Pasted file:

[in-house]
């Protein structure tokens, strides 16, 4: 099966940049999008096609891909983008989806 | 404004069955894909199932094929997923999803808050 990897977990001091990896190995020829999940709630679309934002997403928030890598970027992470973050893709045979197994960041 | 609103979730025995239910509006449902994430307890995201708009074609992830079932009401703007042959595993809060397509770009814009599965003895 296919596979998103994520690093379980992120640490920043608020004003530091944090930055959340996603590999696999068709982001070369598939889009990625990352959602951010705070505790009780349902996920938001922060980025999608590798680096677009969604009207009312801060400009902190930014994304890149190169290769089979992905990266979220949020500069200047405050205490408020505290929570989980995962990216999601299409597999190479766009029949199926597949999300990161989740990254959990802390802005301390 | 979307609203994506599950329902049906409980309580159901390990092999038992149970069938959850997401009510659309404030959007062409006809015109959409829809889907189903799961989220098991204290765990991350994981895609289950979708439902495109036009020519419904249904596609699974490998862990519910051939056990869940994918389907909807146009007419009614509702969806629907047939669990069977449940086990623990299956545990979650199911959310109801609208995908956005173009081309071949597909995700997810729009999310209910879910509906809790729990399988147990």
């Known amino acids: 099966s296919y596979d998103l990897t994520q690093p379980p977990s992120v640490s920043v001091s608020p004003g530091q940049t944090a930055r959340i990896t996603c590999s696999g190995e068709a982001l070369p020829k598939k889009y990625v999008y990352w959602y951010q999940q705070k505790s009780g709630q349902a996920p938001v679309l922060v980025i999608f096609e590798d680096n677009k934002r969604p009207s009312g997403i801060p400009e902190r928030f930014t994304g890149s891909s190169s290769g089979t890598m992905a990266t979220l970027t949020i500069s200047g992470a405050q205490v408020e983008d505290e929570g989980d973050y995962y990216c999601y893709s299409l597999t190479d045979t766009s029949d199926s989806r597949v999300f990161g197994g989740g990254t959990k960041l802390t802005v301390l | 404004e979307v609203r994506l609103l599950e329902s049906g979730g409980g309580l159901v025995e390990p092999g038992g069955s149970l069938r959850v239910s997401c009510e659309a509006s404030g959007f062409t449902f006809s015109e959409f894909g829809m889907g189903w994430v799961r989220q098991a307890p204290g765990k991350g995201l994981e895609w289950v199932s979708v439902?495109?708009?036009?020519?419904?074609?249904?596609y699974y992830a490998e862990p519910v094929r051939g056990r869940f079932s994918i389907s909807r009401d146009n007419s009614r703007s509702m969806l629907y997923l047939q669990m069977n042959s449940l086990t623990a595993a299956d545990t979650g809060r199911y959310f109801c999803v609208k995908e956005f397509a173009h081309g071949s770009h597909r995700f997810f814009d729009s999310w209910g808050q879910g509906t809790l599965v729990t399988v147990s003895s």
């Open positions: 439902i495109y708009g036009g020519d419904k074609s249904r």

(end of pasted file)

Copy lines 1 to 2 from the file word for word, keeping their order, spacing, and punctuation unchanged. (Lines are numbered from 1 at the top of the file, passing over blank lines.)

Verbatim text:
[in-house]
């Protein structure tokens, strides 16, 4: 099966940049999008096609891909983008989806 | 404004069955894909199932094929997923999803808050 990897977990001091990896190995020829999940709630679309934002997403928030890598970027992470973050893709045979197994960041 | 609103979730025995239910509006449902994430307890995201708009074609992830079932009401703007042959595993809060397509770009814009599965003895 296919596979998103994520690093379980992120640490920043608020004003530091944090930055959340996603590999696999068709982001070369598939889009990625990352959602951010705070505790009780349902996920938001922060980025999608590798680096677009969604009207009312801060400009902190930014994304890149190169290769089979992905990266979220949020500069200047405050205490408020505290929570989980995962990216999601299409597999190479766009029949199926597949999300990161989740990254959990802390802005301390 | 979307609203994506599950329902049906409980309580159901390990092999038992149970069938959850997401009510659309404030959007062409006809015109959409829809889907189903799961989220098991204290765990991350994981895609289950979708439902495109036009020519419904249904596609699974490998862990519910051939056990869940994918389907909807146009007419009614509702969806629907047939669990069977449940086990623990299956545990979650199911959310109801609208995908956005173009081309071949597909995700997810729009999310209910879910509906809790729990399988147990």